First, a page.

Those who have seen The Sixth Sense will recall that bombshell moment, when everything we thought we “saw” was wrong, and we realized we would have to re-watch – or at least re-think – the entire movie. Suddenly, scenes that “clearly” communicated one thing are revealed to communicate another. A silent meal between husband and wife, on first viewing appeared to reveal marital conflict, but when re-watched becomes something else entirely. Matthew Theissen in Paul and the Gentile Problem recognizes that our reading of Scripture can be similar. We all have the same data, but changing one’s presuppositions, or sometimes simply the details of a single interpretation, may require a re-reading of the whole. This is seen clearly in the Old and New Perspectives on Paul, where the same texts are used to reach different conclusions. However, Thiessen believes both viewpoints are faulty! In fact, they are both faulty in the same way: both the Old and New “believe that Paul’s letters contain substantial criticisms of Judaism” (p8). In contrast, Thiessen believes Paul did not reject Judaism as legalistic (Old) or ethnocentric (New), but as “the wrong solution to the gentile problem” (p14). But what of Paul’s criticisms of the Law? This is where the movie needs to be re-watched, so to speak. When we recognize that Paul was the apostle to the Gentiles, and as such, wrote specifically to Gentiles, all becomes clear. Paul’s polemical words regarding the Law are not a critique about the Law itself, but about the Law applied to Gentiles.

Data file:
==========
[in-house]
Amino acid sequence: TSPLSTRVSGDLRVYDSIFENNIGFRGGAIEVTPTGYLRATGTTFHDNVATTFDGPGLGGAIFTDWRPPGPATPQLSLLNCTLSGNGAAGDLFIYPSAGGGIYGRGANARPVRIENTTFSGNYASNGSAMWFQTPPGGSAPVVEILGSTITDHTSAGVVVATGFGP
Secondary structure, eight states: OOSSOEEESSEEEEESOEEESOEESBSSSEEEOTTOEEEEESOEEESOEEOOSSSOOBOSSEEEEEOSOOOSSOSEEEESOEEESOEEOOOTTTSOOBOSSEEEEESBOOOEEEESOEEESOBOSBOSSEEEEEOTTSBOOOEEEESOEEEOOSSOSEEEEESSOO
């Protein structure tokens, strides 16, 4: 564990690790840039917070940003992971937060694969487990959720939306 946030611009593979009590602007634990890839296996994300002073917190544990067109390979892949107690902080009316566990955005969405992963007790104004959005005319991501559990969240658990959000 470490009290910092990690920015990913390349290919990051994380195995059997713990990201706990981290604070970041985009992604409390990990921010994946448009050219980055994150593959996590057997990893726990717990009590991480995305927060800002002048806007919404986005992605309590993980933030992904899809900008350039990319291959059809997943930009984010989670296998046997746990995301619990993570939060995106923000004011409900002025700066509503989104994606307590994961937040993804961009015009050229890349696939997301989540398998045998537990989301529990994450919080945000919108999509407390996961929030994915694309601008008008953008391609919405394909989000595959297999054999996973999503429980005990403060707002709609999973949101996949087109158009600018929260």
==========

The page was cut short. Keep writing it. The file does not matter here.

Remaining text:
I must confess. I have procrastinated reviewing Delivered from the Elements of the World. It’s not because it is a dull book; far from it. Rather, more than anything I’ve yet reviewed, I am daunted at the prospect of doing justice to this book’s vastness and creativity. Peter Leithart is known to be a singular, provocative and eloquent thinker, and Delivered from the Elements of the World is surely his magnum opus.
In my own lifetime I have seen the technology of the internet advance in leaps and bounds. I remember the dial-up sound. I remember the first mp3 that I downloaded, thinking that a 2-3 megabyte file was large and wondering why I would even want a song on my computer. I remember when streaming videos were only watchable for those with particularly powerful internet connections. If possible, downloading (and waiting hours!) was the better option. How far we have come! Today, there is a proliferation of good (not to mention terrible…) content at one’s fingertips and even in one’s pocket.
Joshua Jipp’s Christ is King has garnered much discussion and rightfully so: he argues against a common dismissal of Christ as being a royal title, by comparing ancient royal discourse (Jewish and Greco-Roman) to the writings of Paul. Along the way, he also presents some unique exegetical insights. In this post I want to present one of these insights that potentially unravels a very knotty problem: to what does Paul refer when he speaks of “The Law of Christ” (Gal 6:2; 1 Cor 9:22)?
Commentary writing can be a bit of a mystery, and with Doug Moo’s highly anticipated Galatians (BECNT) commentary being released in just over a month I thought I’d ask Moo a little about how it’s done.